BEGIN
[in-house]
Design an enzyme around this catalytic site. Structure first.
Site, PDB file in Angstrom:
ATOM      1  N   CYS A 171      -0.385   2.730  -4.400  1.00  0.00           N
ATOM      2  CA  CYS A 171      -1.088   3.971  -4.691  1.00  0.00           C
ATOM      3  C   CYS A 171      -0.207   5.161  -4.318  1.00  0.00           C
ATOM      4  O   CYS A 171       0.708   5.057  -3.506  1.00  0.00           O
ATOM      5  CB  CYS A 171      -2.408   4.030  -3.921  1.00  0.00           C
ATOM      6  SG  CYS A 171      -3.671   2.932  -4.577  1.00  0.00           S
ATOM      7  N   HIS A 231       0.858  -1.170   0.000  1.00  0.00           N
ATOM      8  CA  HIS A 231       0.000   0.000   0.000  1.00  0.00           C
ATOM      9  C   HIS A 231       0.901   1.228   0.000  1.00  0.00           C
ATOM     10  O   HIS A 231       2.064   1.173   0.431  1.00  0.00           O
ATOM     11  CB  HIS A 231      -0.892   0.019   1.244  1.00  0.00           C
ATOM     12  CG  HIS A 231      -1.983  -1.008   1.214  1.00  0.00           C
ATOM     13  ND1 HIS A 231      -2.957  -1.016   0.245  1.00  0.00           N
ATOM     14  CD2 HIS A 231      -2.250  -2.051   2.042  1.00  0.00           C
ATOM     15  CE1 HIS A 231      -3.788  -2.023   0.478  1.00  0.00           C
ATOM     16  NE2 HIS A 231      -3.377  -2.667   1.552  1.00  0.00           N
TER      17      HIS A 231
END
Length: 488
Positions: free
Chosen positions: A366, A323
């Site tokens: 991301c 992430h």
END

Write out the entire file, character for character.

[in-house]
Design an enzyme around this catalytic site. Structure first.
Site, PDB file in Angstrom:
ATOM      1  N   CYS A 171      -0.385   2.730  -4.400  1.00  0.00           N
ATOM      2  CA  CYS A 171      -1.088   3.971  -4.691  1.00  0.00           C
ATOM      3  C   CYS A 171      -0.207   5.161  -4.318  1.00  0.00           C
ATOM      4  O   CYS A 171       0.708   5.057  -3.506  1.00  0.00           O
ATOM      5  CB  CYS A 171      -2.408   4.030  -3.921  1.00  0.00           C
ATOM      6  SG  CYS A 171      -3.671   2.932  -4.577  1.00  0.00           S
ATOM      7  N   HIS A 231       0.858  -1.170   0.000  1.00  0.00           N
ATOM      8  CA  HIS A 231       0.000   0.000   0.000  1.00  0.00           C
ATOM      9  C   HIS A 231       0.901   1.228   0.000  1.00  0.00           C
ATOM     10  O   HIS A 231       2.064   1.173   0.431  1.00  0.00           O
ATOM     11  CB  HIS A 231      -0.892   0.019   1.244  1.00  0.00           C
ATOM     12  CG  HIS A 231      -1.983  -1.008   1.214  1.00  0.00           C
ATOM     13  ND1 HIS A 231      -2.957  -1.016   0.245  1.00  0.00           N
ATOM     14  CD2 HIS A 231      -2.250  -2.051   2.042  1.00  0.00           C
ATOM     15  CE1 HIS A 231      -3.788  -2.023   0.478  1.00  0.00           C
ATOM     16  NE2 HIS A 231      -3.377  -2.667   1.552  1.00  0.00           N
TER      17      HIS A 231
END
Length: 488
Positions: free
Chosen positions: A366, A323
């Site tokens: 991301c 992430h």